Our time in Zhuhai was complete, so this morning we embarked for the final bus and ferry ride to Hong Kong. Before leaving, I brought a couple of us to a local Chinese breakfast restaurant to pick up some 包子 (baozi) for breakfast. Think bigger handheld dumplings, for those who do not know what they are. Having paid 29 US cents for breakfast, I will sorely miss the extraordinarily cheap price of tasty Chinese food upon returning to the US.
It felt good to travel without being ill, I thought as I reminisced on coughing up my lungs from some form of respiratory illness that had plagued me during my first roundtrip to Zhuhai a week ago. I am grateful to have spent the latter half of the GBS trip recovered and in good health.
Once we arrived at PolyU university, it was time to say goodbye to our PolyU friends and some WashU friends as well. Some went their own ways, but to my understanding, orthotic-building activities have not entirely ceased for PolyU. We trailed the PolyU students and the program leader, Aaron Leung, believing that they would lead us in the direction of the hotel, but as we approached the orthotics lab, we realized that this was not the case. It was hilarious to watch some of the Penn students’ faces as they became paranoid that I might have been hiding from them the fact that we are building yet more orthotics. A wave of relief washed over everyone as I explained that we had merely walked too far, and were in fact heading back to the hotel.
After an hour or two of rest, it was time for dinner. Alex Kee brought us to a branch of Yoshinoya for personal Japanese hot pot, as he had done so last year. Imagine a small pot of miso or sukiyaki broth heating before you, in which you can cook meats, veggies, and oddly-satisfying fish balls filled with cheese. For many young locals in Hong Kong and mainland China, this type of nontraditional East-Asian fusion food is a go-to norm for dining.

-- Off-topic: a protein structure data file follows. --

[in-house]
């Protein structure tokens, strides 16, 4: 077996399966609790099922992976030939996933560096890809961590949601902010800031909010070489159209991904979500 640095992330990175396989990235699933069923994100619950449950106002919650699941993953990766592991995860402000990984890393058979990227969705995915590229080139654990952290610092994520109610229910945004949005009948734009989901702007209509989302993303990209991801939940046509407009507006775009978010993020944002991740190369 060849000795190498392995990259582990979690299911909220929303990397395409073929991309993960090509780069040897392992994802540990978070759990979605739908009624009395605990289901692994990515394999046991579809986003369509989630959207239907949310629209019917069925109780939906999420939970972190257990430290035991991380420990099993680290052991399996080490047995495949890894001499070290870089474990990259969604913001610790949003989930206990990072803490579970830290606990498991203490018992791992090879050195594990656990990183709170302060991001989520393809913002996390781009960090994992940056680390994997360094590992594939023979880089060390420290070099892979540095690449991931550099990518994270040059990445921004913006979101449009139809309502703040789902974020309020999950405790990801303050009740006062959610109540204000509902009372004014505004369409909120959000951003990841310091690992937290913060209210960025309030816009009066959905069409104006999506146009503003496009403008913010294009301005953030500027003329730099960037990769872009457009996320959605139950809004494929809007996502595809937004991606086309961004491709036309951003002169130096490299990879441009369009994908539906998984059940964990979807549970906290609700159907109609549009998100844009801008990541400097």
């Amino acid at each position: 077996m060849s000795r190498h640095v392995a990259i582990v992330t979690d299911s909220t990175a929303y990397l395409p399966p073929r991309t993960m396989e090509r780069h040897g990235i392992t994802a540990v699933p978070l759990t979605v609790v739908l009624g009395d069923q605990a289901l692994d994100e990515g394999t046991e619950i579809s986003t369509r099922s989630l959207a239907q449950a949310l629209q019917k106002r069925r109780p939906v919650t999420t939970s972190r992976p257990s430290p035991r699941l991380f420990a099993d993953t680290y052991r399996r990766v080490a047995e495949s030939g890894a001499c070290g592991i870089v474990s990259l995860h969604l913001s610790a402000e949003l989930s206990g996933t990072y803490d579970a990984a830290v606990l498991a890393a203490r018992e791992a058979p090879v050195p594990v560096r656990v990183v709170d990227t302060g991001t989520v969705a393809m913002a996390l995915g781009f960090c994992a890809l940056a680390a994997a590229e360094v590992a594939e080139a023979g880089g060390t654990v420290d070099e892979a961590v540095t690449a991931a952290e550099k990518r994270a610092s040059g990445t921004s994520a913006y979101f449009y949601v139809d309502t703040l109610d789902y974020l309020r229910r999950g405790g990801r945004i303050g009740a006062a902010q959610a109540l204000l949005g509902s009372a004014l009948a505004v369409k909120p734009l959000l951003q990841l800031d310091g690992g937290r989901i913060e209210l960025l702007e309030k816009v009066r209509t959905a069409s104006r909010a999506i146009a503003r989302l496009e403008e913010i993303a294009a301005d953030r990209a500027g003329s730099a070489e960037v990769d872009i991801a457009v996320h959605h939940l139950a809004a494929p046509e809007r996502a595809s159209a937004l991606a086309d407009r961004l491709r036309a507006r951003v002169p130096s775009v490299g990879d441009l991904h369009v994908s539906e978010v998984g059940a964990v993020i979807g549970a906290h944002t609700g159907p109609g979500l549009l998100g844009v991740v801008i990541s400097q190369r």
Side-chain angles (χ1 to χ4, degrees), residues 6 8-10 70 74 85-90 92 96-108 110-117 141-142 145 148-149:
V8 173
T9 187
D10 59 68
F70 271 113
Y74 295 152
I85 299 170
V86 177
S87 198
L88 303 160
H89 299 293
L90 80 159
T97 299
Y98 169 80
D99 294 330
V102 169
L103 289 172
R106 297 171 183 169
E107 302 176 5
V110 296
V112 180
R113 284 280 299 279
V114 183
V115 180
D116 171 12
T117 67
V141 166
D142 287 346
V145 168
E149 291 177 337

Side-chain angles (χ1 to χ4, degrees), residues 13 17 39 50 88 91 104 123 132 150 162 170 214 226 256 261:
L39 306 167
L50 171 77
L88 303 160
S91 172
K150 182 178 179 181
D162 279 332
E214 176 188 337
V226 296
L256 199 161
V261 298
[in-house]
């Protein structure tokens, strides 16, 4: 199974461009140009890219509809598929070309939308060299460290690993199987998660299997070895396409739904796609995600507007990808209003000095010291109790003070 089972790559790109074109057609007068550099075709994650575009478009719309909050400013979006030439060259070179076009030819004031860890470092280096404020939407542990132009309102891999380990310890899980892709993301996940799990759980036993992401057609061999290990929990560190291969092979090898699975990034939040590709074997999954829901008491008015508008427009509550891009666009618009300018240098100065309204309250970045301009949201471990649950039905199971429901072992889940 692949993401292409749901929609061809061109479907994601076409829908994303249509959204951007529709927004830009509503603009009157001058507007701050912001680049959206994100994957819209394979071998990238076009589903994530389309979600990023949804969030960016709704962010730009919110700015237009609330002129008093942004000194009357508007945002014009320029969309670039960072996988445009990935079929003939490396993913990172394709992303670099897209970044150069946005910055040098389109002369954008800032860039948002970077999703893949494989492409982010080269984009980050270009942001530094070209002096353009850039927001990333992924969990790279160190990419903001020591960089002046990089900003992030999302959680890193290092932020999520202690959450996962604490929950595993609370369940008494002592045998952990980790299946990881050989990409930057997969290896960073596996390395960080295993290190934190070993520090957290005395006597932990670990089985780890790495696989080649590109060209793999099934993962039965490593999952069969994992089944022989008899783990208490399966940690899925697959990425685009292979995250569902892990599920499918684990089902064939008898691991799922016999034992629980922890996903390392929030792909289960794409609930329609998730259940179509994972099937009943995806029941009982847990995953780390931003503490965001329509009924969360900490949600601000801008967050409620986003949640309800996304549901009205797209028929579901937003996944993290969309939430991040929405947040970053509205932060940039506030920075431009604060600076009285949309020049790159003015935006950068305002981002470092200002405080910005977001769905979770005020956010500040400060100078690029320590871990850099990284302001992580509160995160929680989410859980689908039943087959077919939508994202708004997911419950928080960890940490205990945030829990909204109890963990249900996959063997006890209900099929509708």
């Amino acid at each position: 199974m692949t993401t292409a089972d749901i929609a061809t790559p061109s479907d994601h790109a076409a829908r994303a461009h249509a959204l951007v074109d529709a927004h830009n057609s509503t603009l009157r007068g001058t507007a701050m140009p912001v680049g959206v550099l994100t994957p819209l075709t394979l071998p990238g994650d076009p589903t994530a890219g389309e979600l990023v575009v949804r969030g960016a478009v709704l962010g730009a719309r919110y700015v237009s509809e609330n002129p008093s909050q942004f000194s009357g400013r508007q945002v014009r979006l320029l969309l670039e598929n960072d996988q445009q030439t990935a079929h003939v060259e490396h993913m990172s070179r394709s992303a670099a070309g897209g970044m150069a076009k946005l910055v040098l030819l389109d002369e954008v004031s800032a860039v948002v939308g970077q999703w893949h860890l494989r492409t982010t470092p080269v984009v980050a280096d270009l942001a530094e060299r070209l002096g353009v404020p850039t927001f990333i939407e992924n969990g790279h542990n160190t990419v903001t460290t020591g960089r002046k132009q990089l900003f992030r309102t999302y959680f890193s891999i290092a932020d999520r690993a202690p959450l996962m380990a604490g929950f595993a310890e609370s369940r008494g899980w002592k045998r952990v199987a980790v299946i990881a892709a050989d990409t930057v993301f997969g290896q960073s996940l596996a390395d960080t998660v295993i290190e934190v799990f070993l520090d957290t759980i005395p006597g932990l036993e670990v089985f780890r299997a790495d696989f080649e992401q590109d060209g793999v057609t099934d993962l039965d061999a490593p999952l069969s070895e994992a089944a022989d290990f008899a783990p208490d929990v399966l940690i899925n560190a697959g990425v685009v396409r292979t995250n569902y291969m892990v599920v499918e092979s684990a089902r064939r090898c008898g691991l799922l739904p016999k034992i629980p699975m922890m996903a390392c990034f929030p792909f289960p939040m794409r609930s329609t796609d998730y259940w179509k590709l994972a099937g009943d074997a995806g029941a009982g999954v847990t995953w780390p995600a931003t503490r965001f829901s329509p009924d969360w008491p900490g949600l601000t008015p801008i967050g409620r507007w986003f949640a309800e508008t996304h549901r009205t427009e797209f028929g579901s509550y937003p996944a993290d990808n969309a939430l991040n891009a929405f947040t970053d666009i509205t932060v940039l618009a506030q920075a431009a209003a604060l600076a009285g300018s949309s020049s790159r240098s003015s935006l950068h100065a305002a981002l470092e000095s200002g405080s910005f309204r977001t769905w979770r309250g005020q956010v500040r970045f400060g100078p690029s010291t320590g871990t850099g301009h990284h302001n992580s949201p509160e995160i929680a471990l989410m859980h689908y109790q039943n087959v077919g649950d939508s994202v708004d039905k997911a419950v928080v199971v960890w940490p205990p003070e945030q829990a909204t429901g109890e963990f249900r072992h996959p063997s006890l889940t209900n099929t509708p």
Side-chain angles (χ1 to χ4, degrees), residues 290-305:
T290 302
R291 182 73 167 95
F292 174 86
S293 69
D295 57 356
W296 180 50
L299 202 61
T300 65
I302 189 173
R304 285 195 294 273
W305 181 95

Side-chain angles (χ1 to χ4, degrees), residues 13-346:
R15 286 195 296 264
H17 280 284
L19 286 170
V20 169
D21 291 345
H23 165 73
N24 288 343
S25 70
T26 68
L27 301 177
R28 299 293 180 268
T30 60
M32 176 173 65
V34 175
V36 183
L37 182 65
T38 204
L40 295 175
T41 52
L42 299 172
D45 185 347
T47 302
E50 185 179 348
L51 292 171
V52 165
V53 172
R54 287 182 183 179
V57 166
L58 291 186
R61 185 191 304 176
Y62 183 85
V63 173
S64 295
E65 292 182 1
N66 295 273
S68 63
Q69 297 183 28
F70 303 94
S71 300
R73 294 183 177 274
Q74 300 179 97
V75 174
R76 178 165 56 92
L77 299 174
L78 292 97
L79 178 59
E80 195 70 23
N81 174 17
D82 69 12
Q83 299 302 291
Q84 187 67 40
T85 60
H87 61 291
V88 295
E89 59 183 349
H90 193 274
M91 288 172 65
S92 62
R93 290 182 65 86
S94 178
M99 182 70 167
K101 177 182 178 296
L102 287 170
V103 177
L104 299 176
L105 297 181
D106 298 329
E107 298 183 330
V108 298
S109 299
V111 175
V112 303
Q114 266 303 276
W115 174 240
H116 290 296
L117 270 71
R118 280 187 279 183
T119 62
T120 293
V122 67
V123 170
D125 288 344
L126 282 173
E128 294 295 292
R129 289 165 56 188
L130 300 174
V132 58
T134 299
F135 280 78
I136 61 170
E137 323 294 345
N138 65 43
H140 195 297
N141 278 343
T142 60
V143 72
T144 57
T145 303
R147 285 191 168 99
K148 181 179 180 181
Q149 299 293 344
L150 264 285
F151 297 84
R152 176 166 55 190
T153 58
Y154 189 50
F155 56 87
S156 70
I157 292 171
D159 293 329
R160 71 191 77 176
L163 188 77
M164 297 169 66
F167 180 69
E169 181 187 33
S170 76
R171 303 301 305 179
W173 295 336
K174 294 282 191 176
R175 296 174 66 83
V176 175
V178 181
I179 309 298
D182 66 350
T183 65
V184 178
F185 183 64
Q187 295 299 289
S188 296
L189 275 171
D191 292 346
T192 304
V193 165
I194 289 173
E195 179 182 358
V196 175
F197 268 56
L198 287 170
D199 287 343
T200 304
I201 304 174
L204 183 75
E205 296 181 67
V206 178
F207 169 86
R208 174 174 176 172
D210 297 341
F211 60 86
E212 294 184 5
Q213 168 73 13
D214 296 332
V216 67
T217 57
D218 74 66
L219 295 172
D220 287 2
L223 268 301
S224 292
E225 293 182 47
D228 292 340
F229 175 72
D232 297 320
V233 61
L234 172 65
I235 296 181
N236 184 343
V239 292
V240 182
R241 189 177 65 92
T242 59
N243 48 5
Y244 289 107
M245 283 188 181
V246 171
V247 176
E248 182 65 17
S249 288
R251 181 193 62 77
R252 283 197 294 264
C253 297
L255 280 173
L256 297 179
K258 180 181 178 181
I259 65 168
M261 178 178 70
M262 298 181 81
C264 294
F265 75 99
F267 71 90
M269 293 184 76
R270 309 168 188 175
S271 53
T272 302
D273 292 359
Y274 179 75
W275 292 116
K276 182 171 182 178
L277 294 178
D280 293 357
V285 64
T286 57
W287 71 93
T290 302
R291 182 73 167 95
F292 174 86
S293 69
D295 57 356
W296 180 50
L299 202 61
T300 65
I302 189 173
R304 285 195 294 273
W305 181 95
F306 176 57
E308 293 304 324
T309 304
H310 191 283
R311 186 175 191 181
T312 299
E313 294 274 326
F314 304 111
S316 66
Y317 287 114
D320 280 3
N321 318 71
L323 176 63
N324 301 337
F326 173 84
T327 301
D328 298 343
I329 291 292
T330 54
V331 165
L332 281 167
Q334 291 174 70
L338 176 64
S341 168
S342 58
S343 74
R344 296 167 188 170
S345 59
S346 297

Finally, with full bellies, we all wandered the largest outdoor street market of Hong Kong, known as the Ladies Market. Having been to the smaller and less impressive Temple Street “Men’s Market” night market and the Apliu street electronic market, we could fully appreciate the grandeur of Ladies market. In the past two years, I had come here perhaps eight times, and I am still not tired of wandering up and down its stalls. This is a long stretch of densely-packed vendors longer than all of Locust Walk, and people hurried up and down its stalls to haggle for items such as knockoffs, trinkets, and cheap clothing apparel. As a rule of thumb, one ought to haggle the price down to half of the asking price or lower for most products at this market. As a group, many of us bought fake Rolex watches and fake Yeezys for 20~30 USD. Yes, indeed, the quest for fake Yeezys was finally over, and they did not look half bad. Honestly, I can’t believe that what started as a joke actually ended up coming to fruition. Personally, I bought some cheap headphones, a knockoff Fjallraven Kanken backpack, and some small gifts for people back home.
It’s pretty safe to say that after a long day of travelling and two hours at Ladies Market, everyone was dead tired. We got back to the hotel at around midnight, and people went promptly to bed. Tomorrow would be a long day too, for I’ve got planned a full day at the beautiful Repulse Bay beach.
Until next time,